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Norway’s Oil Jobs Prospects Recover

Norway Oil

The number of job vacancies in Norway’s oil and gas industry rose in the fourth quarter last year compared to the fourth quarter of 2015, in what could be early signs of recovery after the oil price slump.

The number of job openings in mining and quarrying – an industry dominated by the production of oil and gas – increased to 600 in Q4 2016 from just 200 in Q4 2015, Statistics Norway said on Thursday. However, the government’s statistics office pointed out that the Q4 2015 baseline for comparison was a very low number. In comparison, the job vacancies in oil and gas in Q4 2011, when oil prices were still above US$100, were 2,200, the statistics office said.

Norway’s economy as a whole has started to slowly recover from the oil price bust, Statistics Norway data showed earlier this month. Gross domestic product, excluding oil and gas income, expanded by 0.3 percent on a quarterly basis between October and December 2016, versus analyst expectations of 0.4-percent growth. Including oil and gas income, GDP expanded by 1.1 percent, the authority said, on the back of rising oil investments – these went up for the first time in 13 quarters in Q4 2016.

In terms of oil and gas production, the Norwegian Petroleum Directorate said last month that the average daily production of oil, NGL and condensate stood at 2,094,000 barrels in December 2016, down by around 3 percent compared to November. For full-2016, however, Norway’s total petroleum production increased compared to 2015, with oil production rising for the third year in a row, thanks to good regularity on the fields and efficiency measures that have substantially reduced operating and exploration costs.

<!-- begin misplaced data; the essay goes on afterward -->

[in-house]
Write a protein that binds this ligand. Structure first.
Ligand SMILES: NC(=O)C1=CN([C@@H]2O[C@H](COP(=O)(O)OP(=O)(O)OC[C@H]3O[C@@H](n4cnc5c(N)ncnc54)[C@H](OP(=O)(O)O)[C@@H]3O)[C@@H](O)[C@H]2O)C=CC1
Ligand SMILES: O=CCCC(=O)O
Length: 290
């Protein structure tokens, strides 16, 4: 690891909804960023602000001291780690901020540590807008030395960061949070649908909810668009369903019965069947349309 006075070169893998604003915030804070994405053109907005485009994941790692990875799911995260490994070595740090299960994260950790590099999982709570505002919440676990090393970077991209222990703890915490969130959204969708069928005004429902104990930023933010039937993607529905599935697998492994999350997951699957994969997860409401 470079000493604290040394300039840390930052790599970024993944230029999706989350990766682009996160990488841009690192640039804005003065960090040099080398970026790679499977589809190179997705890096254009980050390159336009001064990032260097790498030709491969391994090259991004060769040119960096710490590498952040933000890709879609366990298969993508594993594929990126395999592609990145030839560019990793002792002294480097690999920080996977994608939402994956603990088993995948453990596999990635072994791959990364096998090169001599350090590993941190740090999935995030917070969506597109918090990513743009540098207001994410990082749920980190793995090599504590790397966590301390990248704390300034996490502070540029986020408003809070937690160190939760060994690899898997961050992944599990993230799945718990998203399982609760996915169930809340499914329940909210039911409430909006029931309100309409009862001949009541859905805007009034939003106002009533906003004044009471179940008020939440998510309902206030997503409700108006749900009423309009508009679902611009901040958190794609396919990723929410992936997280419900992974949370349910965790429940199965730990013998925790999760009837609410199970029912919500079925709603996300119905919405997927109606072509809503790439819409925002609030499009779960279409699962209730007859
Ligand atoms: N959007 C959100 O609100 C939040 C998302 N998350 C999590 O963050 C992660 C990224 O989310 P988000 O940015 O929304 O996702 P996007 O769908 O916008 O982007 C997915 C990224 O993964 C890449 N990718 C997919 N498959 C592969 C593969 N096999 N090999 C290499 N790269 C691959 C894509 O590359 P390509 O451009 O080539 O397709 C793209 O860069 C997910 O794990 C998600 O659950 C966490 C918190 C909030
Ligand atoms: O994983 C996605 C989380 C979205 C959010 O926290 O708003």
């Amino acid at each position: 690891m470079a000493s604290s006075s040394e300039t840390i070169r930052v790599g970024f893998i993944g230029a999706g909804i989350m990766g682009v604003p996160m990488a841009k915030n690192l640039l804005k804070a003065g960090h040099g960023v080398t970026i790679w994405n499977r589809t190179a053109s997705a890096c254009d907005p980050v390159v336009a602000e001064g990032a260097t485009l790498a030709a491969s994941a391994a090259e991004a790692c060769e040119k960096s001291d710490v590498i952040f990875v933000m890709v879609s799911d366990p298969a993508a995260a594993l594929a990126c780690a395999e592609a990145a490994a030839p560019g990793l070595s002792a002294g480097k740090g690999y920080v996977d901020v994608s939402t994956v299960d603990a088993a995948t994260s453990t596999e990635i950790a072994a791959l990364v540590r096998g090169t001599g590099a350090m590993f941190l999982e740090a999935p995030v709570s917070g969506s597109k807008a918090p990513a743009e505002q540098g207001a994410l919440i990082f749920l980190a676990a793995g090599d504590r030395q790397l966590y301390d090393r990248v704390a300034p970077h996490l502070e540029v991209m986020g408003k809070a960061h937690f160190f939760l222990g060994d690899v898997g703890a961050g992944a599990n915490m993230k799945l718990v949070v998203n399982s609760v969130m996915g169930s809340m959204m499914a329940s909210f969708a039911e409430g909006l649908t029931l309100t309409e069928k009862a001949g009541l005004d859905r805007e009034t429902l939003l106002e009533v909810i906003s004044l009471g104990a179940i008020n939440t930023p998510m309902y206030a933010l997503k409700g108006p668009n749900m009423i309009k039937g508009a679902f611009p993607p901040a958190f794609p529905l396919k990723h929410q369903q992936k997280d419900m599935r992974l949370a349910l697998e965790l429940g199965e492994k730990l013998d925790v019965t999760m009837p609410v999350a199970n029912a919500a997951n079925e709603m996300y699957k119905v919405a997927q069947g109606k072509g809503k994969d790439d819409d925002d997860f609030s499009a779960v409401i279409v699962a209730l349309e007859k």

Related: Record High Oil Inventories Crush Hopes For $70 Oil

For exports, the government’s petroleum statistics shows that the export value of Norway’s crude oil and natural gas accounted for around 47 percent of the total value of Norway’s exports of goods. Exports of natural gas increased slightly in 2016, and oil exports rose for a third consecutive year, but the export revenues were lower than in 2015 due to the lower average prices.

By Tsvetana Paraskova for Oilprice.com

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